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Barricading the Drive-Thru

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Unhappy with Happy Meals, Los Angeles City Council tells citizens what they can, can't eat.

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Government at various levels already says buckle your seatbelt, don't smoke and be sure to recycle, so it shouldn't be any surprise that the Los Angeles City Council is preparing to tell people to eat their peas.

Council members, concerned about the proliferation of fast food restaurants in a low-income area of South Los Angeles, are considering an area ban on additional fast food joints such as McDonalds (MCD), Burger King (BKC) and Wendy's (WEN).

Libertarians and other cranks might ask: Is this a legitimate role for government and, by the way, where's the legal authority for such action?

So far, government's answer is: Never mind - we know what's best for you. Hush, now.

The Los Angeles City Council says fast food restaurants lead to obesity and seeks to encourage sit-down eateries that serve salads and other healthy food to set up shop in the area. But how likely is it that Darden Restaurants (DRI) would open a moderately expensive Olive Garden in a low income area - especially when the eatey's Italian-themed menu offers ample opportunity to be naughty with pasta while skipping the vegetables?

What would the City Council say about Chipotle (CMG)? You can eat smart with chicken, vegetables, rice and salsa or, if you're feeling wicked, you can gunk up your meal with guacamole and sour cream. Perhaps the answer is a city monitor, tape measure in hand, stationed at each restaurant to quickly assess the girth of each customer and say yay or nay to piling on the guac.

Cynics would say the monitors could be unionized and become a reliable voting block for council members seeking life-time tenure in city government, but you know cynics.

Few would argue that fast food restaurants serve health food. But some states require restaurants to post the nutritional value of meals in plain sight, including calories, grams of fat and salt content. Isn't providing the information needed to make an informed decision enough? Don't citizens make their own decisions in a free society?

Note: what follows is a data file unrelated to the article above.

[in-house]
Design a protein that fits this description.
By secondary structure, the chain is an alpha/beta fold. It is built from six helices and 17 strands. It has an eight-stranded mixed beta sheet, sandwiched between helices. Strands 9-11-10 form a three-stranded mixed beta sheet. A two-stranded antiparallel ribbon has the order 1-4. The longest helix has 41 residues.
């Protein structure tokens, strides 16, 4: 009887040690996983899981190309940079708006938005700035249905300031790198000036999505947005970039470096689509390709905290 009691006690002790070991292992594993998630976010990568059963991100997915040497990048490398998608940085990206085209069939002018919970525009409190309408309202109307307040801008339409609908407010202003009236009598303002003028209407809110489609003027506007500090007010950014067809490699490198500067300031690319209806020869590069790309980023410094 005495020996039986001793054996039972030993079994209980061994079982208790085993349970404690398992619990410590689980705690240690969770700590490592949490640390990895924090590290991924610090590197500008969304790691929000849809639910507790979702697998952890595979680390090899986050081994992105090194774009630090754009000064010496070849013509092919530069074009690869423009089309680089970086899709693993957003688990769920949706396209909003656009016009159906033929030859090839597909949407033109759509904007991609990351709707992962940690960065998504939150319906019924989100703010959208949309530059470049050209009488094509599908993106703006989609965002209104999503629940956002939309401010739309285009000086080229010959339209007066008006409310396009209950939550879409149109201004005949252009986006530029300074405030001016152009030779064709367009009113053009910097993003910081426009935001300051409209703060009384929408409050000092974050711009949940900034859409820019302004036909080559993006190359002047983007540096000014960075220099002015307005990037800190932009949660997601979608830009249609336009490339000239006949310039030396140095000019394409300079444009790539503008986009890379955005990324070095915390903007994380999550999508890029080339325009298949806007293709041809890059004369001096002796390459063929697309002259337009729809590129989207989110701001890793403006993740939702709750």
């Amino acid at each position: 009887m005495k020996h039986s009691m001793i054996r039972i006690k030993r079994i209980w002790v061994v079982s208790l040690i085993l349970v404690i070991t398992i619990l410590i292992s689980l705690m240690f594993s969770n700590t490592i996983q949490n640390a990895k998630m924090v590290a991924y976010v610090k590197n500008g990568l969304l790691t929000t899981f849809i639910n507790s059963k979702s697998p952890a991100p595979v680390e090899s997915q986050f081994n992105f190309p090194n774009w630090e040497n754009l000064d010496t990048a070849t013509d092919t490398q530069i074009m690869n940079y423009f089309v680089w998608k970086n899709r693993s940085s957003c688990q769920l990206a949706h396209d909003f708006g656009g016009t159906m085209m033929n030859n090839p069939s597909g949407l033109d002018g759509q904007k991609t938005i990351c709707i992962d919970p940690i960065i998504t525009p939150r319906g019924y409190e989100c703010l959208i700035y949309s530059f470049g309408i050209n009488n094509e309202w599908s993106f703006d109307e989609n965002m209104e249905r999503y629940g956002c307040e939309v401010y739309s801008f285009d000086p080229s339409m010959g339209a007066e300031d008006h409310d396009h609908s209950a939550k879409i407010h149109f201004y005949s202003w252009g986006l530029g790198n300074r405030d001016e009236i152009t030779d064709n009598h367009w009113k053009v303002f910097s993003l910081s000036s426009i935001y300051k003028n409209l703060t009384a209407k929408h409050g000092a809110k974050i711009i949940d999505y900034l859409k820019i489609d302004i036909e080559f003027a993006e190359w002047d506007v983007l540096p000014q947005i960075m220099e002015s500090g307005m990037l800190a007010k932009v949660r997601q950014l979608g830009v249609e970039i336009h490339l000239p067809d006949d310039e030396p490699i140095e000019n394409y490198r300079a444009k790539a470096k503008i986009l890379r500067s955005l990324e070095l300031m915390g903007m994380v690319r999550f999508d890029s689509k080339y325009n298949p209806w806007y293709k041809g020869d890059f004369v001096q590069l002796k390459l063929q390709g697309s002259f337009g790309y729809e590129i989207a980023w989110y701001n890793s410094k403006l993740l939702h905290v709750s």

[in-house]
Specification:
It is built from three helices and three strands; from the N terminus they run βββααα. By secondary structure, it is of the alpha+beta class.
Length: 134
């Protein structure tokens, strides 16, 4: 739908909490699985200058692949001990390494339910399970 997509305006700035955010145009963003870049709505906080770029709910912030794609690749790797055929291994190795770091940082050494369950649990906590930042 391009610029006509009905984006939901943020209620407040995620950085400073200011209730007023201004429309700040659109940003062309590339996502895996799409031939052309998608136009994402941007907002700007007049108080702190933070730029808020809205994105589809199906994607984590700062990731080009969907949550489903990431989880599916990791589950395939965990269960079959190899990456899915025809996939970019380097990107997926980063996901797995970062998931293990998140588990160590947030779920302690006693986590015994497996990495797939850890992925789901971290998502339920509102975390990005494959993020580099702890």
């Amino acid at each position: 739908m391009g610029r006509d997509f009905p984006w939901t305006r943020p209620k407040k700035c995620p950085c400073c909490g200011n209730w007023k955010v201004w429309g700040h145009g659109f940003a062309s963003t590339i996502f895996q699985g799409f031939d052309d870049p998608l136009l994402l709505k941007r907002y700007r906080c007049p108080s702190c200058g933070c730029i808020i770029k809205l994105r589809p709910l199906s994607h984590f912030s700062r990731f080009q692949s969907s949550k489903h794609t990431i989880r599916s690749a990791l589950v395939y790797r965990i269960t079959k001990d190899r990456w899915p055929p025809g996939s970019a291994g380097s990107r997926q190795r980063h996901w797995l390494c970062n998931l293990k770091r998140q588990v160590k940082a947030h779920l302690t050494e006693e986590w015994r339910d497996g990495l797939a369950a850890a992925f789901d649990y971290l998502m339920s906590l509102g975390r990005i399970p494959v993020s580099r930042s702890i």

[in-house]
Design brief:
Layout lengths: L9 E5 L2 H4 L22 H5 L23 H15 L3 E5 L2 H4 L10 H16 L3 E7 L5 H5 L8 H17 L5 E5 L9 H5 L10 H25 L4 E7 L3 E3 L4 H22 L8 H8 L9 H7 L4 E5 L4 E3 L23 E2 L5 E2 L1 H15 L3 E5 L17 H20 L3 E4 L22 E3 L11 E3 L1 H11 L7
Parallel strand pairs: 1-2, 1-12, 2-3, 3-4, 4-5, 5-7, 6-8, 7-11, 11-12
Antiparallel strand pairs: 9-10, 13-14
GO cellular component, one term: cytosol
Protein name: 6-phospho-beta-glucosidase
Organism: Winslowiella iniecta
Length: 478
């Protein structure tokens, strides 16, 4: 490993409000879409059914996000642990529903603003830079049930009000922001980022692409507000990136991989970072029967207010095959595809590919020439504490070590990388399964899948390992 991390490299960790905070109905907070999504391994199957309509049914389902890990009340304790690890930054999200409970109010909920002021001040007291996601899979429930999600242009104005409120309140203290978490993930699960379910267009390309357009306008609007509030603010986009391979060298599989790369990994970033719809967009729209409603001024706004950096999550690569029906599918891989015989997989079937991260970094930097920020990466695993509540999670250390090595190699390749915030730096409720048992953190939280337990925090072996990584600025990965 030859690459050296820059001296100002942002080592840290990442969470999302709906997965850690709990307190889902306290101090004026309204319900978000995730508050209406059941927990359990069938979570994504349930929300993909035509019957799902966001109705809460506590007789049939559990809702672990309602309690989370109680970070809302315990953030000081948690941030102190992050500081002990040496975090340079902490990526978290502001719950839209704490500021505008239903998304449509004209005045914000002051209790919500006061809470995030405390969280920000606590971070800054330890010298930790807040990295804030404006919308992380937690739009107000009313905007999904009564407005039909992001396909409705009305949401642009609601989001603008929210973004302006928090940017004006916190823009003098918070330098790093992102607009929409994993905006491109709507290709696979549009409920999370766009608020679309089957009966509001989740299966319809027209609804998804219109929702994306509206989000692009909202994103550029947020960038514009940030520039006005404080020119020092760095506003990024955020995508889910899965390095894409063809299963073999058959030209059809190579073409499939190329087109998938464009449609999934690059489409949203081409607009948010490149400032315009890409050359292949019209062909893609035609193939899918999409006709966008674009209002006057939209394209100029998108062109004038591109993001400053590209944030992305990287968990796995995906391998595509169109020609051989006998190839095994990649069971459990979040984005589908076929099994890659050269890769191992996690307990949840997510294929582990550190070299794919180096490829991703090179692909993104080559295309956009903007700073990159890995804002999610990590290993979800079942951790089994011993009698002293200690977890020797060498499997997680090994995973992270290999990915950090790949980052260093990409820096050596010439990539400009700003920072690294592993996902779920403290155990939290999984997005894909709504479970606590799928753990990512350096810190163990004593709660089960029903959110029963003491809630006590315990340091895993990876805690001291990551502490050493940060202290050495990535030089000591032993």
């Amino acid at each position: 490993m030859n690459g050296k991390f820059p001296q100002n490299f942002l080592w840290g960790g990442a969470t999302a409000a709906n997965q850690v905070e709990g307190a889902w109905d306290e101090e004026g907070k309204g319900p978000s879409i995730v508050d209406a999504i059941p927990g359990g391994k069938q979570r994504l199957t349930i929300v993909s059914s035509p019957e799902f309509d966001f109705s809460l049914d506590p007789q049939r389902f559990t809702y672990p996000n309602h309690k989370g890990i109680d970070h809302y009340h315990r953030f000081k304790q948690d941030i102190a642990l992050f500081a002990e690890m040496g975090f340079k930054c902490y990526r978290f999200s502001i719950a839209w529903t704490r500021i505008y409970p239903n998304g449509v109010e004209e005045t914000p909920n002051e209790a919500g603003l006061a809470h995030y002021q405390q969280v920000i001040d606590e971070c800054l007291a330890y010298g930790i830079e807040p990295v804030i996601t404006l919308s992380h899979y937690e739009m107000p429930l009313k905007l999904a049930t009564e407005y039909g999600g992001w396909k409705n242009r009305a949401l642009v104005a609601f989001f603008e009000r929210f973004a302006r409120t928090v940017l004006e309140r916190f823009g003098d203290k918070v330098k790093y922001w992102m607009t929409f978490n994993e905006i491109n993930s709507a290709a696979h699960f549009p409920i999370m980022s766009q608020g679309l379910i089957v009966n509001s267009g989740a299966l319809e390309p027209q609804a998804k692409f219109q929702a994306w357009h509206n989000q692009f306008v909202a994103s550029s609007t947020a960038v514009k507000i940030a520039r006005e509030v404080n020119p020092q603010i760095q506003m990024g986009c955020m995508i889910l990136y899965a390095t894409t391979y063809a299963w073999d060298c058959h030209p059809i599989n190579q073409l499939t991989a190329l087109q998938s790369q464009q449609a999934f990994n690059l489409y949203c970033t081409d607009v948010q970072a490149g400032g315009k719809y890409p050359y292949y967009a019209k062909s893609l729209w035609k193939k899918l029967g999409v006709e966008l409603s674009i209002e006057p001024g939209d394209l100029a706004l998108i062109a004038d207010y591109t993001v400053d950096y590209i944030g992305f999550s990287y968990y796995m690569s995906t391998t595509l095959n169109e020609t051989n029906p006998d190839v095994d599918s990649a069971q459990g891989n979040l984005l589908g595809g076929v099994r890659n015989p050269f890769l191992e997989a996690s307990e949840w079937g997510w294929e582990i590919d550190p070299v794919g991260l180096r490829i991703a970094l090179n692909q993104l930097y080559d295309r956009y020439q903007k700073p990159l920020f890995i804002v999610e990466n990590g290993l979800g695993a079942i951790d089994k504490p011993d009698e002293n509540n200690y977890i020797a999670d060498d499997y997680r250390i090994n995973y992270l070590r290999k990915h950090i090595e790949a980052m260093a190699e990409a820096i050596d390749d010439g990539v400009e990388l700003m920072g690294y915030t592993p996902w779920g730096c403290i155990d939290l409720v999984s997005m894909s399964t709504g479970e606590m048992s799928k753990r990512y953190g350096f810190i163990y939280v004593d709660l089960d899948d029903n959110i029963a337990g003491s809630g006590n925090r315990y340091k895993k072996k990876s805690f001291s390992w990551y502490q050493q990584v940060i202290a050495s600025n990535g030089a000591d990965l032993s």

Probably not. Some bright, concerned member of the City Council is bound to ask: What if people make the wrong decision?

Fast food restaurants provide jobs and appear to be the only industry that wants to be in the low-income area of Los Angeles. How does limiting employment, especially for young people who are learning how to balance outside responsibilities with school, benefit low-income residents?

Don't ask. The all-knowing City Council probably has a ten-point program for that, too.

Those same philosopher kings also appear ready to take on the weighty problem of plastic shopping bags. A ban appears likely, which is sure to upset environmentalists because someone has to cut down trees to make eco-friendly paper bags. Anyone who takes out the trash will be certain to curse the council, because paper bags get soggy and the bottom falls out. Perhaps this unfortunate circumstance requires community classes teaching folks how to mop the kitchen floor - and be happy about it.

The possibilities for "good for you" government intervention are endless. There's always chatter somewhere about banning cigarettes and other merchants of coffin nails, never mind the legality of tobacco products or the unhappy experience with Prohibition in the 1920s.

But maybe it's simpler than that. If you're a Los Angeles City Council member, why worry about inadequate public transportation, building in canyons prone to wildfires and mudslides or even potholes when you can preen and bellow about fast food?
No positions in stocks mentioned.
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